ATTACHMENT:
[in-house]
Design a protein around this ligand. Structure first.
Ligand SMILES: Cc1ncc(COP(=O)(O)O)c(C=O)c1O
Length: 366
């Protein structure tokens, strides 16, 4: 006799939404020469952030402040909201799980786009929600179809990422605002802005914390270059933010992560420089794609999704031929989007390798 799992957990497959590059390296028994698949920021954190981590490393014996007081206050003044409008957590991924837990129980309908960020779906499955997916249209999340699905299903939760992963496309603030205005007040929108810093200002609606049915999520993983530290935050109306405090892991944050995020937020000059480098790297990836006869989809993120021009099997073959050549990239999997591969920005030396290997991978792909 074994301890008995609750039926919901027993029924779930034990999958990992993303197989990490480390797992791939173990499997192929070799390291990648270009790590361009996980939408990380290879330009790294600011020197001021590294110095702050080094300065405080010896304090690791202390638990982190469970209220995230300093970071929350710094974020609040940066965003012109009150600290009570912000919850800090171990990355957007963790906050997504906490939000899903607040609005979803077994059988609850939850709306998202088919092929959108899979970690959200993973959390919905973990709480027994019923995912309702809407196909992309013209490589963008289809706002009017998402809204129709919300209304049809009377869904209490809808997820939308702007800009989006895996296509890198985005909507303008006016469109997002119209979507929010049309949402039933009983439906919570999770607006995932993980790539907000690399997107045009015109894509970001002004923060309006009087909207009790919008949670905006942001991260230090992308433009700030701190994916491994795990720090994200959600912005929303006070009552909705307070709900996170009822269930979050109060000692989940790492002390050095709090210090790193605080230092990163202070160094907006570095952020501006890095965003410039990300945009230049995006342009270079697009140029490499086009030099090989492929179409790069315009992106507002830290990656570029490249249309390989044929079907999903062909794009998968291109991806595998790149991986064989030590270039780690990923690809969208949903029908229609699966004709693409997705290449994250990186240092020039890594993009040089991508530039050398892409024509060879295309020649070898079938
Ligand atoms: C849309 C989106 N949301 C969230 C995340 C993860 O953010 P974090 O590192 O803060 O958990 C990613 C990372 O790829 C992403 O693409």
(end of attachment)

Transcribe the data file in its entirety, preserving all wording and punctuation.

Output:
[in-house]
Design a protein around this ligand. Structure first.
Ligand SMILES: Cc1ncc(COP(=O)(O)O)c(C=O)c1O
Length: 366
């Protein structure tokens, strides 16, 4: 006799939404020469952030402040909201799980786009929600179809990422605002802005914390270059933010992560420089794609999704031929989007390798 799992957990497959590059390296028994698949920021954190981590490393014996007081206050003044409008957590991924837990129980309908960020779906499955997916249209999340699905299903939760992963496309603030205005007040929108810093200002609606049915999520993983530290935050109306405090892991944050995020937020000059480098790297990836006869989809993120021009099997073959050549990239999997591969920005030396290997991978792909 074994301890008995609750039926919901027993029924779930034990999958990992993303197989990490480390797992791939173990499997192929070799390291990648270009790590361009996980939408990380290879330009790294600011020197001021590294110095702050080094300065405080010896304090690791202390638990982190469970209220995230300093970071929350710094974020609040940066965003012109009150600290009570912000919850800090171990990355957007963790906050997504906490939000899903607040609005979803077994059988609850939850709306998202088919092929959108899979970690959200993973959390919905973990709480027994019923995912309702809407196909992309013209490589963008289809706002009017998402809204129709919300209304049809009377869904209490809808997820939308702007800009989006895996296509890198985005909507303008006016469109997002119209979507929010049309949402039933009983439906919570999770607006995932993980790539907000690399997107045009015109894509970001002004923060309006009087909207009790919008949670905006942001991260230090992308433009700030701190994916491994795990720090994200959600912005929303006070009552909705307070709900996170009822269930979050109060000692989940790492002390050095709090210090790193605080230092990163202070160094907006570095952020501006890095965003410039990300945009230049995006342009270079697009140029490499086009030099090989492929179409790069315009992106507002830290990656570029490249249309390989044929079907999903062909794009998968291109991806595998790149991986064989030590270039780690990923690809969208949903029908229609699966004709693409997705290449994250990186240092020039890594993009040089991508530039050398892409024509060879295309020649070898079938
Ligand atoms: C849309 C989106 N949301 C969230 C995340 C993860 O953010 P974090 O590192 O803060 O958990 C990613 C990372 O790829 C992403 O693409």